The Chicago mayoral candidate spoke out about dirty trains, bus delays and the police department’s low homicide rate during the latest debate, in which Mayor Laurie Lightfoot defended her record.
The latest Mayor’s Forum was moderated by WBEZ Reset host Sasha Ann Simmons and focused primarily on public safety, transportation and education. U.S. Congressman Jesús “Chuy” Garcia, State Rep. Cambium “Cum” Buckner, and former Chicago Public Schools CEO Paul Ballas and Aldo. Sophia King shared the stage with Lightfoot, while the remaining four nominees are scheduled to attend a second event on Thursday.
While the candidates largely refrained from making personal attacks on each other, Lightfoot’s opponents said that while Lightfoot’s administration was making progress, the city was wrong on key issues. He claimed that he was heading in that direction.
Responding to questions about the safety and reliability of the CTA, Buckner said he had planned to take the bus to the forum but was ghosted.
“The reality is that we are way behind the market when it comes to where this system is today,” said Buckner. “It’s because we didn’t have a plan and we didn’t have the leadership.”
Garcia also tore away from CTA’s leadership and promised to bring stakeholders together to improve the system.
[ Where do the mayoral candidates stand on issues? How they answered the Tribune’s questionnaire. ]
“I am deeply disappointed and angry that the buses are dirty, the trains are dirty, people are doing things that didn’t happen just a few years ago,” he said.
King spoke of the need to improve safety and increase passenger numbers.
“We need to pool the dollars we spend on civilian security into officials,” King said.
Buckner similarly criticized the city for spending money on German Shepherds in K-9 units to patrol the CTA, which he said was ineffective.
In 2022, the rate of violent crime on trains will begin to decline for the first time since the start of the COVID-19 pandemic, but will be close to the highest level seen in the last decade and more than double the rate before that. Stayed high. Pandemic.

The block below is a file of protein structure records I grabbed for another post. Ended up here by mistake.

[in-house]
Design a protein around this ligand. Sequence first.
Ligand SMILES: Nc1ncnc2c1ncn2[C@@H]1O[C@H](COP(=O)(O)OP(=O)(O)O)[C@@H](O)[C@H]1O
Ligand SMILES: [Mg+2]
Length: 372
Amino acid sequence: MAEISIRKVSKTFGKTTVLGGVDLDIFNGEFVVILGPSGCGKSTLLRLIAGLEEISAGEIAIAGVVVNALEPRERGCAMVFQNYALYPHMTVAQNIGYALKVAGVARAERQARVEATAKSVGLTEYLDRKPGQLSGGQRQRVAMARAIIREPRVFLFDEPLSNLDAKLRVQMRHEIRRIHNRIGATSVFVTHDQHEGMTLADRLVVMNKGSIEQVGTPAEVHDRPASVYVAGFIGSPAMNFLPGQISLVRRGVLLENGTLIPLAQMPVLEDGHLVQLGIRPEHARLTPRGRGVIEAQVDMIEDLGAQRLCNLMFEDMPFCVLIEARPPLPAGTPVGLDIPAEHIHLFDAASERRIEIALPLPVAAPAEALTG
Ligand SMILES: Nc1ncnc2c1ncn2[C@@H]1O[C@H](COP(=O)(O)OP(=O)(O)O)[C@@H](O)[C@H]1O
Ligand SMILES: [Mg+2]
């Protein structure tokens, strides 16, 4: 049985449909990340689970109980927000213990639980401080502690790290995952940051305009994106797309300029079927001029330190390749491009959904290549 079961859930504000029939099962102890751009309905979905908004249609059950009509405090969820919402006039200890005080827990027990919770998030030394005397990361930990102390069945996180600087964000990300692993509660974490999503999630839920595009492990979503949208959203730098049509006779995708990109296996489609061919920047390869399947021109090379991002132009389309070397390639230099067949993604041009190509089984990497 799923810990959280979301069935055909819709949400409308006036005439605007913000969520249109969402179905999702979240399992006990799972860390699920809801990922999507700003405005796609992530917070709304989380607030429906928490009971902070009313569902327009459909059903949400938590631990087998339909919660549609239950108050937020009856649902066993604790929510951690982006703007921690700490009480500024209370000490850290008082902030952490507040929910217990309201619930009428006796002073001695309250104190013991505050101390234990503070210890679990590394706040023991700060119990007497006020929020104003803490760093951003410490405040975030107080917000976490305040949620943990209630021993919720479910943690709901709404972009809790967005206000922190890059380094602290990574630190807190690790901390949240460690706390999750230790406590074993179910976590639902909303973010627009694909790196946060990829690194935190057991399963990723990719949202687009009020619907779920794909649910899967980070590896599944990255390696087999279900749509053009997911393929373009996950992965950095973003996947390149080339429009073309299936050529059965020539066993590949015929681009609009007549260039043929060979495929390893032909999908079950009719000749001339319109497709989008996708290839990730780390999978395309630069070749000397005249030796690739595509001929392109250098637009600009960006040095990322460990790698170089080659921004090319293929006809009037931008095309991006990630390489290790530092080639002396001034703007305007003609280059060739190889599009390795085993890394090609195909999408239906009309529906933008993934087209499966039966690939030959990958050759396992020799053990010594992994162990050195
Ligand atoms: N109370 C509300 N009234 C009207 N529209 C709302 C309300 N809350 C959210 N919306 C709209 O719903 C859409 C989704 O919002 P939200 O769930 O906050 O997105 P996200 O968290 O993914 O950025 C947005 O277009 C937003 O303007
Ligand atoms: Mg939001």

Reports of violent crimes in “L” had increased in the years before Lightfoot took office in 2019. Reports decreased as the COVID-19 pandemic emptied many passenger trains, but not as much as passenger numbers. 2020 and he said 2021 saw a surge in victims of violent crimes such as robberies, murders, or more aggressive assaults and assaults.
In 2019, 2.54 violent crimes were reported per million train rides. It rose to 5.97 in 2020, 6.83 in 2021, and dropped to 6.17 per million in 2022.
Lightfoot has defended her record on traffic and safety, her administration has posted more uniformed police officers on trains and stations, and the CTA has “unimaginably reached its goal.” No, but we’ve made great progress.”
Lightfoot also launched an attack on Valas after expressing concern over the low passenger numbers.
“Again, in honor of Mr. Vallas, part of the reason CTA passenger numbers are down is because of what’s called a pandemic and people aren’t coming downtown full-time like they used to,” Wright said. Foot said. “They are working remotely. Overall, it is impacting not just CTA passenger numbers, but other parts of the economy.”
Across the forums, Garcia repeatedly asserted his position as a consensus builder able to bring together various interests.
“If you want to be an effective leader, you have to be a good listener and a collaborator,” Garcia said. “That’s my preparation as mayor.”
On crime, candidates spoke of short response times and arrest rates. Talking about a “terrible” arrest rate, which refers to suspects being arrested or identified, Buckner said no suspects have been arrested for crimes such as murder, carjacking or sexual assault.
Both Vallas and Buckner have troubled the city with the slow police response, with Vallas saying that retired officers and an enhanced witness protection program need to be used more effectively.
Lightfoot attacked Valas widely in an attempt to link him with the Chicago Fraternity Police Chief, who was controversial for attending a retired police officer’s luncheon this week.